Isn't LSD very easily inactivated by stuff like light, heat, or trace amounts of chlorine?

  5. pavel_lishin says:

    This article by an impressive science guy calls bullshit.

    • pfrank says:

      I don't think that just because the article has bad science in it is a good enough reason to throw the whole thing out. That quote about "The D in LSD" could have easily been a misunderstanding by a non-chemist reporter.

      • autopope says:

        Let me add:

        Ergot, the other candidate for the incident, is a rye fungus which produces a variety of alkaloids including ergometrine and ergotamine (structurally similar) and lysergide (not similar to the other two, but a precursor -- fairly easily modified -- to LSD-25, our hallucinogen of chouce).

        The key indicator in this incident should be the presence in the villagers of symptoms of ergotism -- induced by ergometrine and ergotamine poisoning -- as well as the lysergide-included hallucinations.

        • rapier1 says:

          You mean like the convulsions, burning sensations in the extremities, and the occasional death? Supposedly the author also claims that the LSD was aerosolized. However, the investigation at the time showed that the common factor was the bread. Basically, you didn't have enough people impacted across a wide enough range of the population for an aerosol vector to be likely. There is no way it would have only affected those people who also just happened to have eaten that bread.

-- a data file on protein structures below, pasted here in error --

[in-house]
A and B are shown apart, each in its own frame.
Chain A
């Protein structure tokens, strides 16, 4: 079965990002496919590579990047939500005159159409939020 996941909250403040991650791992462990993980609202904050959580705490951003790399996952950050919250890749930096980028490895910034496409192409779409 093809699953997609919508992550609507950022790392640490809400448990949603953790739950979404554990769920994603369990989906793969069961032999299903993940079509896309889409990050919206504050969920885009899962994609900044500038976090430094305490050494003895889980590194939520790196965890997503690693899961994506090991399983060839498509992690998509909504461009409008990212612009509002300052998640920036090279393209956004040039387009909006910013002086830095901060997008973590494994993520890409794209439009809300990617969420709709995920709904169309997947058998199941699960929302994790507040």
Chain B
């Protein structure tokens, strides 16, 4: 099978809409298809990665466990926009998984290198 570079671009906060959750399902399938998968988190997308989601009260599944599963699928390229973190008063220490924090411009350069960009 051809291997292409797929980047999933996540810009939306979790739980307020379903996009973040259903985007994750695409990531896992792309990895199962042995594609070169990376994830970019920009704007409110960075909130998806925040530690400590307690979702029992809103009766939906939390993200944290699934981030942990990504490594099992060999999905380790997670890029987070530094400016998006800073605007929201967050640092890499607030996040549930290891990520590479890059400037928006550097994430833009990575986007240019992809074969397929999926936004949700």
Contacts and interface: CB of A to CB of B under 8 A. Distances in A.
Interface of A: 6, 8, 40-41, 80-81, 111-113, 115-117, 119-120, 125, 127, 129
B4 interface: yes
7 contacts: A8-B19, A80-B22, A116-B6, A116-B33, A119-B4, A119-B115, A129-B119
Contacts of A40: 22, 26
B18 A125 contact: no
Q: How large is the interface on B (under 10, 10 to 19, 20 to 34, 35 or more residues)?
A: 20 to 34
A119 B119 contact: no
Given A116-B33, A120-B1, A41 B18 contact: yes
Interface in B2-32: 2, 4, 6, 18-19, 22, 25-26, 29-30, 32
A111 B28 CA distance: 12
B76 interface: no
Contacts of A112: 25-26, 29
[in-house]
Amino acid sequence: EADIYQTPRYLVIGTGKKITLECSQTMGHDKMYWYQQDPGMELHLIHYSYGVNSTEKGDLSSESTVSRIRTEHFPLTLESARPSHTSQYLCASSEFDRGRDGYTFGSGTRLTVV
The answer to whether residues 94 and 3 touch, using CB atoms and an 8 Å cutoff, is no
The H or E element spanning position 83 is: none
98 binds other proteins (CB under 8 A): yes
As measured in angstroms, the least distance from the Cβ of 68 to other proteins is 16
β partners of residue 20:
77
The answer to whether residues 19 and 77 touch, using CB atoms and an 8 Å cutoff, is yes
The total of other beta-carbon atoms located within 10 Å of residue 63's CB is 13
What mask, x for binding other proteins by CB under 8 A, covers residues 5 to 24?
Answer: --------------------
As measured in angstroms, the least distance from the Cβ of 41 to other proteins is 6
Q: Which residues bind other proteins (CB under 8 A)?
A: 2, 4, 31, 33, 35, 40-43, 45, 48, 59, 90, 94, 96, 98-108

We do have to ask why the CIA was involved though. What a lot of people don't remember is that communism was a pretty powerful political force in France during the 50s. The CIA would have been called in to determine if this was a communist action to discredit the current government.

          Seriously, the LSD idea really doesn't make a whole lot of sense.

          • dasht says:

            How many cases of gangrene were reported and ended in amputation, if it was ergot? Does it give you any pause that the field investigators who came up with the ergot theory worked for Sandoz, a company then advertising the company to the US Gov't as a weapon that could be used in exactly this way? Does it bug you that a couple of years earlier the CIA had devised aerosal dispersal methods like driving down the street and spewing it out an exhaust pipe - a method that would not effect the whole town? Or maybe raise some questions with you that not all of the afflicted ate that bread?

            http://www.voltairenet.org/article164447.html

  6. latemodel says:

    Shit like this makes me want to be president. Just so I could call those guys up, ask if it really happened, and have a chance of getting a straight answer. Just to satisfy my curiosity.

    • dasht says:

      I think you have a naive view of the powers of the presidency.

      • latemodel says:

        Oh, I agree, there's always the Bill-Pullman-in-Independence-Day possiblity. I just figure that being POTUS sounds like a better job than being the head of the Company, and I'd imagine that President has nearly as much power when it comes to arm-twisting at Langley.

  7. biggeek says:

    Citizens of San Francisco demand this bread!